TO BE FAIR, this is a film with a lot of plot and a lot of characters, many of whom display shifting loyalties. Part of the larger theme of the film is Gennosuke resigning himself to becoming a "beast", a predator. And it is the interactions with those around him who are more predatory (from the more highbrow version of crooked clan leaders to the more lowbrow version of the murderous bandits) that challenge his sense of ethics and his sense of self. Gennosuke, for all his talk of being a wolf, seems constantly horrified by the immoral behavior of those he encounters.

The look of the film is very strong, with plenty of gorgeous nighttime sequences and a lush mountain setting as the backdrop. Water and specifically the rushing river are used to very good effect, adding a kinetic element to both dialogue and action sequences. The river itself almost becomes a character.

A real strength of the script is that it draws very clear character motivations and has well-realized small and large conflict. For example, the female half of the clan couple isn't so keen on the idea of risking her life just to get some gold for their clan. When her partner tells her that if they are captured they will just let themselves be executed instead of giving away the clan, the look on her face if priceless. This is NOT what she signed up for.

For a samurai film (of which I have seen several but not a ton), the gender politics are far more nuanced than what I am used to. In one sequence, a woman who has just been sexually assaulted calmly redresses herself, and Gennosuke remarks that she is a "true daughter of a samurai" because despite having just been raped, she cares about her appearance. It could have come off as some weird, gross compliment, but in the line delivery and Gennosuke's expression, it is more of a horrified observation. And this sequence, and the emotional resonance of it, is used to good effect later when a group of men
WARNING: spoilers below
chase down another woman. It begins so much like the sexual assault sequence that this is what I assumed was happening, only for two of the men to brace her arms and the third to hold her head underwater, coldly drowning her. It's a brilliantly structured shock, and the woman's body slips down the river just as the other woman's clothing did in the earlier scene.


The action scenes are also notable for the way in which they are both really well-staged, but also at times almost anti-action (such as a scene early on in which Gennosuke runs away from a half dozen assailants who yell after him that he is not behaving in an honorable way). A huge theme is the absurdity and destructiveness of the clan structure, and so many of the action set-pieces reflect a lack of honor or fairness.

I think I liked this one about on par with Three Rebel Samurai, the other film I have seen by Gosha.




That's been on my watchlist for a while. I'll have to bump it up the queue. Good review!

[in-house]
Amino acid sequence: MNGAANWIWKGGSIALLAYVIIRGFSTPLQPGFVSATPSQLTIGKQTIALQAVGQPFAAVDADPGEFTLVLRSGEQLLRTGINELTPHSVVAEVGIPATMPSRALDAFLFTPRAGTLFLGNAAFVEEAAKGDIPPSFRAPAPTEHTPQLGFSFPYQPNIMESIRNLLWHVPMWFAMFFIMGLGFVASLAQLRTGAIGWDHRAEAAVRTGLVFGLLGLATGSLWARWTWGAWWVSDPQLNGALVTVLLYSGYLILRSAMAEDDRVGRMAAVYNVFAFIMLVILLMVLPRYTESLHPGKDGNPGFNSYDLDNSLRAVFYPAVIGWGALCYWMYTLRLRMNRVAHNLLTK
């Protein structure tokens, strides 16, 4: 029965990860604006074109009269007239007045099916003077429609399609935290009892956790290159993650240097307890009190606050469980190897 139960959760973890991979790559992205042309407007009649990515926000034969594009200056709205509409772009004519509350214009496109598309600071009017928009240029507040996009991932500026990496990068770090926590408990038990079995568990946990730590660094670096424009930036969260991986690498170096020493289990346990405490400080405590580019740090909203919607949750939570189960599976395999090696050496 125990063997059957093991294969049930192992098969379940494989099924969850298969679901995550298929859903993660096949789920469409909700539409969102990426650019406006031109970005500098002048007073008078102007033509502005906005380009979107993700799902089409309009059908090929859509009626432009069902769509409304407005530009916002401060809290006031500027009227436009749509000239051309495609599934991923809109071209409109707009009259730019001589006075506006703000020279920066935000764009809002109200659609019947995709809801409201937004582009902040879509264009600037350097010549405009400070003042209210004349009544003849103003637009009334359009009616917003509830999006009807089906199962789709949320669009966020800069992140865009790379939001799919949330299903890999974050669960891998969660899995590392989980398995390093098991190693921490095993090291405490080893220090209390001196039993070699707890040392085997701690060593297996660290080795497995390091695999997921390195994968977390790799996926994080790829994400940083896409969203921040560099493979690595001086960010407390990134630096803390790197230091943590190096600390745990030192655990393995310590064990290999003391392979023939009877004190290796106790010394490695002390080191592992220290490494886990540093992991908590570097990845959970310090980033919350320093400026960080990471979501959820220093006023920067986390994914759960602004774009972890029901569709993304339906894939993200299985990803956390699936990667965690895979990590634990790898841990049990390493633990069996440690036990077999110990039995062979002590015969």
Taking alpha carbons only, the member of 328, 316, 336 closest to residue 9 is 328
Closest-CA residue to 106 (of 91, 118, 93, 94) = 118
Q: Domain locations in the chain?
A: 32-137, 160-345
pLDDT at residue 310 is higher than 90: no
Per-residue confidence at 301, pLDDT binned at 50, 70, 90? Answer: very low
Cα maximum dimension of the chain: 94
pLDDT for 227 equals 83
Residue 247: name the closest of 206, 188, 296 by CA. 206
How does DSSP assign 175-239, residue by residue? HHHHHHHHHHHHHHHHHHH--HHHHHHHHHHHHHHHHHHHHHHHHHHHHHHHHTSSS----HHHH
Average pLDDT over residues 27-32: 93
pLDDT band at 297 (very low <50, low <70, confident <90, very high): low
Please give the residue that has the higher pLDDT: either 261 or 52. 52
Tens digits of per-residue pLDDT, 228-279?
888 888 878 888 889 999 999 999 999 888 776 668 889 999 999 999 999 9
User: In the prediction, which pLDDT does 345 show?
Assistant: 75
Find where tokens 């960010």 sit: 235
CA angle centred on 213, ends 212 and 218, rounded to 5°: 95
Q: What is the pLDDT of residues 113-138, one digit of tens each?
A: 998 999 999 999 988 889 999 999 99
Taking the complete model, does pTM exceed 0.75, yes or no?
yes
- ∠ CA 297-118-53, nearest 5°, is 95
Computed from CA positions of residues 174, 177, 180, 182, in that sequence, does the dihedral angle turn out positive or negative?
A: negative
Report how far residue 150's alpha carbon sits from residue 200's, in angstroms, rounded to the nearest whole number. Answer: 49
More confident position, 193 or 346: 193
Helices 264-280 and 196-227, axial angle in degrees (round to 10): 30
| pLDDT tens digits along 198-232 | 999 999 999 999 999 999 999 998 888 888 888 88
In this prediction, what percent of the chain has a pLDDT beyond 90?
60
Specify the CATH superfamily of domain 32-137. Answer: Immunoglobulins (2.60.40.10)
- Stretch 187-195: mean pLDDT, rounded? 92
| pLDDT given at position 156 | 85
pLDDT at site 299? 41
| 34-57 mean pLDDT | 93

Thanks!



This movie actually made me angry.



This movie actually made me angry.
Was it William Powell's character? I thought they expected a lot from the audience with regards to Clarence Day.



Was it William Powell's character? I thought they expected a lot from the audience with regards to Clarence Day.
Yes. He's really impossible to like and every time you think he's finally gonna do the right thing or not be a complete self-centered ass, he does it again. Love Bill Powell, hated Clarence Day.



Escape from New York (1981) **6.9**

Unbelievable cast: Pleasance, Van Cleef, Russell and of course Isaac Hayes the latter I’ve never seen in a movie, he’s just chef in South Park and alway will be. I never realised how small Kurt Russell was he’s certainly no Schwarzenegger or Seagal yeah Seagal I said it this movie in particular he’s a lot shorter than many of the cast. Still he owned the screen as Snake, which deserves even greater praise I guess. Van Cleef was completely wasted for me but Pleasance even with limited characterisation was great as he always is.*

I was let down by the extremely weak narrative, Snake having to perform this mission after having the most seemingly painless injection in his neck which he allowed to be given to him for no real reason was dumb. This has Carpenter written all over it, weak dialogue and plot points with amazing visuals and pounding musical score, although this is the weakest of his musical contributions up until that point for me. I wasn’t a great fan of ‘the fog’ either but the score was still mind blowing, good here but ultimately not memorable. This did seem like a real dystopian city on its knees through locations and JC’s genius eye with visuals and how and where to input them. Having Dean Cundey as the cinematographer always helps, understatement of the century. Some of the long shots in particular were amazing and very classy.

This is my first viewing of this movie, I always got mixed up with this and ‘escape from L.A’ for some reason which I have seen a few times. Disappointing overall, I get why this movie is so loved but I wasn’t feeling it, I did not care for any of the characters involved and that has to be down to poor writing.

Bad Boy Bubby (1993) **8.3**

I have about 180 movies on my ‘to watch list’ I used a random number generator here and 163 was this gem of a movie. The start was shockingly gritty and real, As sick as it was I’m convinced that this sort of thing has happened between a mother and son in the real world. Parents can be forceful, wrapping their children up in cotton wool, I suppose this takes it to the extreme. I’m not a fan of ‘Battlefield Earth’ type tilted camera shots, they’re rarely used well but here I felt they absolutely were. This guy is deeply disturbed and although the camera is only tilted in one or two shots it was used properly and most importantly added to the visual.